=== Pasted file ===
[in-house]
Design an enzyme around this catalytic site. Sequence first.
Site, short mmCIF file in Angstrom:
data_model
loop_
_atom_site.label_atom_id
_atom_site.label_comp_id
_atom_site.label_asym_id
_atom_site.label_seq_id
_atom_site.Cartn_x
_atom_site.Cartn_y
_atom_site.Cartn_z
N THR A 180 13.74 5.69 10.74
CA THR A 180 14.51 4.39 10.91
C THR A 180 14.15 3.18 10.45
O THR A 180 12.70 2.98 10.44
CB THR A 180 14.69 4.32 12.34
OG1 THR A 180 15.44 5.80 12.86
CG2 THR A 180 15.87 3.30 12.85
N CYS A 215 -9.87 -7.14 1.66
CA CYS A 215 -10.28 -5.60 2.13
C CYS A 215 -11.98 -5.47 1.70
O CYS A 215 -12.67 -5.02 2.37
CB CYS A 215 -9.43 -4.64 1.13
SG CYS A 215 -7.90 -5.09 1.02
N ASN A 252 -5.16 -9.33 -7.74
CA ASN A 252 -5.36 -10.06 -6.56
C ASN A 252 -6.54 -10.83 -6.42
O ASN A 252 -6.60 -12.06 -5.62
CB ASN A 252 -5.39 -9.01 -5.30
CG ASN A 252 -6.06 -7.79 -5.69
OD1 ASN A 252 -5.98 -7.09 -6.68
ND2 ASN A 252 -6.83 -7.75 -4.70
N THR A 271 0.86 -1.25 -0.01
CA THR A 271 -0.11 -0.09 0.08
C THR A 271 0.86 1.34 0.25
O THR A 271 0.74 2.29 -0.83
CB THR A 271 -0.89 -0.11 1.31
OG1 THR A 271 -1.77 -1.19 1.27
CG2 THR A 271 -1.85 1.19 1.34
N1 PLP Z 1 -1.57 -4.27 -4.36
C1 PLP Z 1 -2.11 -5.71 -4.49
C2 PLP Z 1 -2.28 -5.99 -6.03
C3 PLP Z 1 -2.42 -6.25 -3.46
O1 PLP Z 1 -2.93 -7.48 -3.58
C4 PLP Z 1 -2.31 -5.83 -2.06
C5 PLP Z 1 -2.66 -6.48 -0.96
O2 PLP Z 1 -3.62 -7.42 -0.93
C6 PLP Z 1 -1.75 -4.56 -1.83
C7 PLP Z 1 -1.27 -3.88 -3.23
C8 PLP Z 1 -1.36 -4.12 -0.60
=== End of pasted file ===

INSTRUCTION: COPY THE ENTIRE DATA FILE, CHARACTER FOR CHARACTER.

[in-house]
Design an enzyme around this catalytic site. Sequence first.
Site, short mmCIF file in Angstrom:
data_model
loop_
_atom_site.label_atom_id
_atom_site.label_comp_id
_atom_site.label_asym_id
_atom_site.label_seq_id
_atom_site.Cartn_x
_atom_site.Cartn_y
_atom_site.Cartn_z
N THR A 180 13.74 5.69 10.74
CA THR A 180 14.51 4.39 10.91
C THR A 180 14.15 3.18 10.45
O THR A 180 12.70 2.98 10.44
CB THR A 180 14.69 4.32 12.34
OG1 THR A 180 15.44 5.80 12.86
CG2 THR A 180 15.87 3.30 12.85
N CYS A 215 -9.87 -7.14 1.66
CA CYS A 215 -10.28 -5.60 2.13
C CYS A 215 -11.98 -5.47 1.70
O CYS A 215 -12.67 -5.02 2.37
CB CYS A 215 -9.43 -4.64 1.13
SG CYS A 215 -7.90 -5.09 1.02
N ASN A 252 -5.16 -9.33 -7.74
CA ASN A 252 -5.36 -10.06 -6.56
C ASN A 252 -6.54 -10.83 -6.42
O ASN A 252 -6.60 -12.06 -5.62
CB ASN A 252 -5.39 -9.01 -5.30
CG ASN A 252 -6.06 -7.79 -5.69
OD1 ASN A 252 -5.98 -7.09 -6.68
ND2 ASN A 252 -6.83 -7.75 -4.70
N THR A 271 0.86 -1.25 -0.01
CA THR A 271 -0.11 -0.09 0.08
C THR A 271 0.86 1.34 0.25
O THR A 271 0.74 2.29 -0.83
CB THR A 271 -0.89 -0.11 1.31
OG1 THR A 271 -1.77 -1.19 1.27
CG2 THR A 271 -1.85 1.19 1.34
N1 PLP Z 1 -1.57 -4.27 -4.36
C1 PLP Z 1 -2.11 -5.71 -4.49
C2 PLP Z 1 -2.28 -5.99 -6.03
C3 PLP Z 1 -2.42 -6.25 -3.46
O1 PLP Z 1 -2.93 -7.48 -3.58
C4 PLP Z 1 -2.31 -5.83 -2.06
C5 PLP Z 1 -2.66 -6.48 -0.96
O2 PLP Z 1 -3.62 -7.42 -0.93
C6 PLP Z 1 -1.75 -4.56 -1.83
C7 PLP Z 1 -1.27 -3.88 -3.23
C8 PLP Z 1 -1.36 -4.12 -0.60